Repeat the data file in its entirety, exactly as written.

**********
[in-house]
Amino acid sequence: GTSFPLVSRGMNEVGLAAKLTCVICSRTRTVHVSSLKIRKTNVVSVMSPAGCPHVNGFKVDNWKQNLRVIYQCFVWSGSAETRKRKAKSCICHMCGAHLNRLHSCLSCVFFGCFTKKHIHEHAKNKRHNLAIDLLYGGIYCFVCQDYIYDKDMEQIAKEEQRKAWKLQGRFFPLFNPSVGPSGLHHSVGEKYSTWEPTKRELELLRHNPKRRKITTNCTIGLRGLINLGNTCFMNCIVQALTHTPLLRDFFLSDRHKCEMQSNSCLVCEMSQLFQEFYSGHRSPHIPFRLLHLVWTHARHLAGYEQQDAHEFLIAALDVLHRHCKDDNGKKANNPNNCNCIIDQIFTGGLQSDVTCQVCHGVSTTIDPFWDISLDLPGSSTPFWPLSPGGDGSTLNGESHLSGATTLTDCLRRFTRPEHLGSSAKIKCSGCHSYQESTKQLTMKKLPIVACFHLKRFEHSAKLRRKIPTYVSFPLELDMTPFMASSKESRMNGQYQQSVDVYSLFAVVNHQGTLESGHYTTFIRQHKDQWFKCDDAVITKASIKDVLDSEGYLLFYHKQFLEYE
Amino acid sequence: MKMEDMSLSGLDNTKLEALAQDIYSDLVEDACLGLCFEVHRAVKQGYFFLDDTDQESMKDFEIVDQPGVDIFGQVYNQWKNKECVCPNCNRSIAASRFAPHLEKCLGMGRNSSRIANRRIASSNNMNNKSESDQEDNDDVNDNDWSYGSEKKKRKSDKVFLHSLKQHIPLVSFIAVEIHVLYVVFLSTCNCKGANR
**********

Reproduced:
[in-house]
Amino acid sequence: GTSFPLVSRGMNEVGLAAKLTCVICSRTRTVHVSSLKIRKTNVVSVMSPAGCPHVNGFKVDNWKQNLRVIYQCFVWSGSAETRKRKAKSCICHMCGAHLNRLHSCLSCVFFGCFTKKHIHEHAKNKRHNLAIDLLYGGIYCFVCQDYIYDKDMEQIAKEEQRKAWKLQGRFFPLFNPSVGPSGLHHSVGEKYSTWEPTKRELELLRHNPKRRKITTNCTIGLRGLINLGNTCFMNCIVQALTHTPLLRDFFLSDRHKCEMQSNSCLVCEMSQLFQEFYSGHRSPHIPFRLLHLVWTHARHLAGYEQQDAHEFLIAALDVLHRHCKDDNGKKANNPNNCNCIIDQIFTGGLQSDVTCQVCHGVSTTIDPFWDISLDLPGSSTPFWPLSPGGDGSTLNGESHLSGATTLTDCLRRFTRPEHLGSSAKIKCSGCHSYQESTKQLTMKKLPIVACFHLKRFEHSAKLRRKIPTYVSFPLELDMTPFMASSKESRMNGQYQQSVDVYSLFAVVNHQGTLESGHYTTFIRQHKDQWFKCDDAVITKASIKDVLDSEGYLLFYHKQFLEYE
Amino acid sequence: MKMEDMSLSGLDNTKLEALAQDIYSDLVEDACLGLCFEVHRAVKQGYFFLDDTDQESMKDFEIVDQPGVDIFGQVYNQWKNKECVCPNCNRSIAASRFAPHLEKCLGMGRNSSRIANRRIASSNNMNNKSESDQEDNDDVNDNDWSYGSEKKKRKSDKVFLHSLKQHIPLVSFIAVEIHVLYVVFLSTCNCKGANR